Securities industry leaders today predicted that tax legislation cutting the holding period for long-term capital gains from one year to six months has a 40 percent chance of enactment before Congress adjourns this year.
The call for the tax law changes has long been a major priority of the Securities Industry Association, which is meeting here this week. A congressional conference committee dropped the tax provision in August during debate over the tax bill.
According to George L. Ball, chairman of Prudential-Bache Securities Inc. and chairman of the SIA's tax policy committee, the measure is likely to be attached to Senate legislation dealing with utility rates in California.
Both Ball and Robert E. Linton, chairman of Drexel Burnham Lambert Inc. who is to be installed as the new SIA chairman, agreed that the measure has a 40 percent chance of passage before the new Congress convenes next month and a 60 percent chance of enactment next year. Ball said the biggest obstacle to passage of the bill is the prospect in the Senate of several unnamed members putting a hold on the entire piece of legislation.
Among the obstacles to the change had been the opposition of Rep. Dan Rostenkowski (D-Ill.), chairman of the Ways and Means Committee. But Edgar D. Jannotta, the 1982 SIA chairman, told the association today that under the "right circumstances," Rostenkowski has told him he would support the heavily lobbied SIA proposal.
"When these right circumstances will occur, I don't know," Jannotta said. "But I do feel that for the first time we have all the parties, White House, Senate and House, fundamentally supportive. And sometime between now and the next Ice Age, the reduction should occur."
The capital gains issue is among the major topics of discussion on the SIA agenda this week, though the meeting has only a limited business schedule permitting a full schedule of golf, tennis and swimming for the 980 registered industry participants.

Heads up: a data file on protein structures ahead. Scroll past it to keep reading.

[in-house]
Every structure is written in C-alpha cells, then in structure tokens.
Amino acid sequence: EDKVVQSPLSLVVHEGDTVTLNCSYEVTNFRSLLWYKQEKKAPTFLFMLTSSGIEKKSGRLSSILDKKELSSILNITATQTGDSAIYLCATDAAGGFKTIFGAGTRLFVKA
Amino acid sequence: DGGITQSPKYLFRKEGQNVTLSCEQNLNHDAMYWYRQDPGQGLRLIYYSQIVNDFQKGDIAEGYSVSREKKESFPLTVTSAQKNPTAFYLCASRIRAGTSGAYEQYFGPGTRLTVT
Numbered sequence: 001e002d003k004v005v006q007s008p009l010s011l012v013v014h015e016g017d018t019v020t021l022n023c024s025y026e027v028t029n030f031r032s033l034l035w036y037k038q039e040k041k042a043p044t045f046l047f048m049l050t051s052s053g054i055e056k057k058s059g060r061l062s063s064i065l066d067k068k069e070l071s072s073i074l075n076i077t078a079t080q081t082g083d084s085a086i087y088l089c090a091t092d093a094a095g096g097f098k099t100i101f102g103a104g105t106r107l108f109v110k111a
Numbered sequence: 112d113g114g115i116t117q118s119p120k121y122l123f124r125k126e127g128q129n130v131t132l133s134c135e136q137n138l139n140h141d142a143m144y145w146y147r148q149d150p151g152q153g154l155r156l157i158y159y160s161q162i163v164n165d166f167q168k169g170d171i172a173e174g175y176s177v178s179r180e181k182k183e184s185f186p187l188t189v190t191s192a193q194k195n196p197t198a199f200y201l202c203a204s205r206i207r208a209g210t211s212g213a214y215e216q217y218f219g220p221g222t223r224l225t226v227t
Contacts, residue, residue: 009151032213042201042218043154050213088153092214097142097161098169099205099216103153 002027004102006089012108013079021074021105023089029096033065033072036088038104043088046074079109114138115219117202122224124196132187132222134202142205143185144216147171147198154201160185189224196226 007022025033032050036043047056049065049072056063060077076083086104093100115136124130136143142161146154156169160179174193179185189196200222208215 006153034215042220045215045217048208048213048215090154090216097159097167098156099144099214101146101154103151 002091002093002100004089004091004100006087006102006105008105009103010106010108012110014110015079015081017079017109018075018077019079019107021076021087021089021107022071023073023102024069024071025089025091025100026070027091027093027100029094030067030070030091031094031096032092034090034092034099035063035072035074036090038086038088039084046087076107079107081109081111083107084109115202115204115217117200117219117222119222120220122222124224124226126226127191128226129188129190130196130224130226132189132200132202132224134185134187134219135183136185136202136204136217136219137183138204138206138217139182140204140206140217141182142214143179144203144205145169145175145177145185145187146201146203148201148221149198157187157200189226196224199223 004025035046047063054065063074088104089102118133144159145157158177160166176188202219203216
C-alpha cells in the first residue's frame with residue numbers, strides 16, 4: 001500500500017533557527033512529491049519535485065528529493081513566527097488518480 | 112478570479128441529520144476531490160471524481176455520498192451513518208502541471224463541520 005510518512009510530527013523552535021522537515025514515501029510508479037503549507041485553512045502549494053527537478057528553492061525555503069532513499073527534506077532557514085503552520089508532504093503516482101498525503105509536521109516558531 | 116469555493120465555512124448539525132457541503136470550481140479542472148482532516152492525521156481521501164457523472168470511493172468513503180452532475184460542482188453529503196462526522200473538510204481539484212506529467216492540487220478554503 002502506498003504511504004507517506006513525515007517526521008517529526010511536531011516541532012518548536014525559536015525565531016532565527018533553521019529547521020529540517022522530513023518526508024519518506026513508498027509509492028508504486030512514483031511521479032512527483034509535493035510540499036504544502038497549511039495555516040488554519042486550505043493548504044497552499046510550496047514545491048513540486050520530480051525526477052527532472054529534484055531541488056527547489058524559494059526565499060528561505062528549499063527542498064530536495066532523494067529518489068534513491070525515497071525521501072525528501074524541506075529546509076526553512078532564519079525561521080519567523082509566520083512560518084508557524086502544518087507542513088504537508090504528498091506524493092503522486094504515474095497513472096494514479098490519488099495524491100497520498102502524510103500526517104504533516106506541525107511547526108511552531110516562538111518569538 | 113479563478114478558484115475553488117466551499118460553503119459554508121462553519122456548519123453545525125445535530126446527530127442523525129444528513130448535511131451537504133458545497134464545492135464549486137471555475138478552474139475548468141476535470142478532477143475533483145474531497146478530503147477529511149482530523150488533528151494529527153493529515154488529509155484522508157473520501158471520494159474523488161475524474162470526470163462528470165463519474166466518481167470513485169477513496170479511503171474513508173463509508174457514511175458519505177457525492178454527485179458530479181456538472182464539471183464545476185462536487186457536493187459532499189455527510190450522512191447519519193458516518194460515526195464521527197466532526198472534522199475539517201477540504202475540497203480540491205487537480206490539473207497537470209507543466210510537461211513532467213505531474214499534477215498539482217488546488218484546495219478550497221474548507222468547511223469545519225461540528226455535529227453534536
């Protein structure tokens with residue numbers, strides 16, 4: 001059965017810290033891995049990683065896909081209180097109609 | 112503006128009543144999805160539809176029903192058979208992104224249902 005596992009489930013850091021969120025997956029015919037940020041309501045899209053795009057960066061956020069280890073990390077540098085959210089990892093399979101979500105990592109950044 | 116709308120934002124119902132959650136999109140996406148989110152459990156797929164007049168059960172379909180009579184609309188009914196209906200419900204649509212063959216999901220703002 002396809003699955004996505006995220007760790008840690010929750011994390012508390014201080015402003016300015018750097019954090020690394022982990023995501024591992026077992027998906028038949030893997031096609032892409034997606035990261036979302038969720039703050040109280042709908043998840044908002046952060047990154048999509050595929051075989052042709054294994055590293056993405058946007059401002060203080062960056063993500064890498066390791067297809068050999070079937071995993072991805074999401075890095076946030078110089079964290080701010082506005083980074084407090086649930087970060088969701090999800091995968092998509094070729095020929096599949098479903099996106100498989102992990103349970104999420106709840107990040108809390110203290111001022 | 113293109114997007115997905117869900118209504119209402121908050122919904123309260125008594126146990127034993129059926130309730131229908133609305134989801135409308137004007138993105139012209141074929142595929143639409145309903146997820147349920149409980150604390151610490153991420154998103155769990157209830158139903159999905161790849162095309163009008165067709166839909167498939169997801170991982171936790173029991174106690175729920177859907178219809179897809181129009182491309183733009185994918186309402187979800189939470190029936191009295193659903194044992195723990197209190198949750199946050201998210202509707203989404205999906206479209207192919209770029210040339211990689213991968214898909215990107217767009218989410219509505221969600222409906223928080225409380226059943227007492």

The other major topic occupying SIA members here is the industry's fierce opposition to a suggestion floated by New York City Mayor Ed Koch's administration that the state government might reimpose a stock transfer tax dropped last year.
Industry leaders, including SIA officials and John P. Phelan Jr., president of the New York Stock Exchange, vowed to fight the proposal, which Koch suggested recently deserved state government attention. In fact, the threat of an exodus from Wall Street by securities firms whose presence there had become synonymous with the lower Manhattan street, was raised in an effort to block consideration of such a move.
"With the securities industry increasingly automated, it becomes easier to move operations out of New York," said Edward I. O'Brien, president of the SIA.
"Reimposition of the transfer tax--which on many transactions would be greater than commissions--could provide the impetus for firms to leave New York. The very real possibility of such an exodus was the reason the legislature decided" to stop collecting the tax.
The two issues were the most pressing concerns before the group. Otherwise, most executives and brokers seemed content to bask in both the Florida sunshine and the ballooning profits of the industry, which has been the major beneficiary of the fall's surging stock market.